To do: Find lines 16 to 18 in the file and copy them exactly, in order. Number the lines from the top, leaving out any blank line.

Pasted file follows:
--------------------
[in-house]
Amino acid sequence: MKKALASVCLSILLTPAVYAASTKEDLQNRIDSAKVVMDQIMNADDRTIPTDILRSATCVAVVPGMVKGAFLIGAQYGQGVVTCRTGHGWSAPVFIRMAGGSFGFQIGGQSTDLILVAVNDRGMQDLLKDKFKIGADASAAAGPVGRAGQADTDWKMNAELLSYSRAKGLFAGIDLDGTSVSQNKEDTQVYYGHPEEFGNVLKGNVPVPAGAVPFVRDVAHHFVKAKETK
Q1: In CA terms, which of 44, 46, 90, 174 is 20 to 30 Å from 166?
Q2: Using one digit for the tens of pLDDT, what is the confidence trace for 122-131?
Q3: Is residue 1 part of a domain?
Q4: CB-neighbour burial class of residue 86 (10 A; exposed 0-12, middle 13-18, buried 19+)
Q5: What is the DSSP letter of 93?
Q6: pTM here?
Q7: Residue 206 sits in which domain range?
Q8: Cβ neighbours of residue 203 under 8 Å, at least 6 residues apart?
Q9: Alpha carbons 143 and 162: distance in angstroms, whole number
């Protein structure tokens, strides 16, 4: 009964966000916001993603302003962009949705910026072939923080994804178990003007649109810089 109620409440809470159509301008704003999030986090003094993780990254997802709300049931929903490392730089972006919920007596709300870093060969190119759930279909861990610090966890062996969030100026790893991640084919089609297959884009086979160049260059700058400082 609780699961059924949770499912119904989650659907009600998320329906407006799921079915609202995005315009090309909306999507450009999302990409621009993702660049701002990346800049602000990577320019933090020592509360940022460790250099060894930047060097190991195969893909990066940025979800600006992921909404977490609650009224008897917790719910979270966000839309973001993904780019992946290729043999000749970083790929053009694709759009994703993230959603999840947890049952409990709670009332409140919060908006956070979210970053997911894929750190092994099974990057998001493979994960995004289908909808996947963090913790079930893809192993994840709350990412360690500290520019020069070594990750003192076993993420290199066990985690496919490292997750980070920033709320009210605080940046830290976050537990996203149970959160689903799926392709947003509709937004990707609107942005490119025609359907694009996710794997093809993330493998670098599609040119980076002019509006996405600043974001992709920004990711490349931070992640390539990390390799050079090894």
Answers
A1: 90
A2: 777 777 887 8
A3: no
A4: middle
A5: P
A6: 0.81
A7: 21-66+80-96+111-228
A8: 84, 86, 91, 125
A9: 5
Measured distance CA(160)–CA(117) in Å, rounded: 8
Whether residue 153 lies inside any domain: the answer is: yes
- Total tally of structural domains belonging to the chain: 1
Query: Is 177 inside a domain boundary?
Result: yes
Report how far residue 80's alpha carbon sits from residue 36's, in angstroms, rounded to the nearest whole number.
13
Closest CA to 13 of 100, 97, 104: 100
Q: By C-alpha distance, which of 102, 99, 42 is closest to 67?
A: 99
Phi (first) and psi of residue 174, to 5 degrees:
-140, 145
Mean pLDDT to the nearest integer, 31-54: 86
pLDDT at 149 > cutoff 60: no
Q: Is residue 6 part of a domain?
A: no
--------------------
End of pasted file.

A3: no
A4: middle
A5: P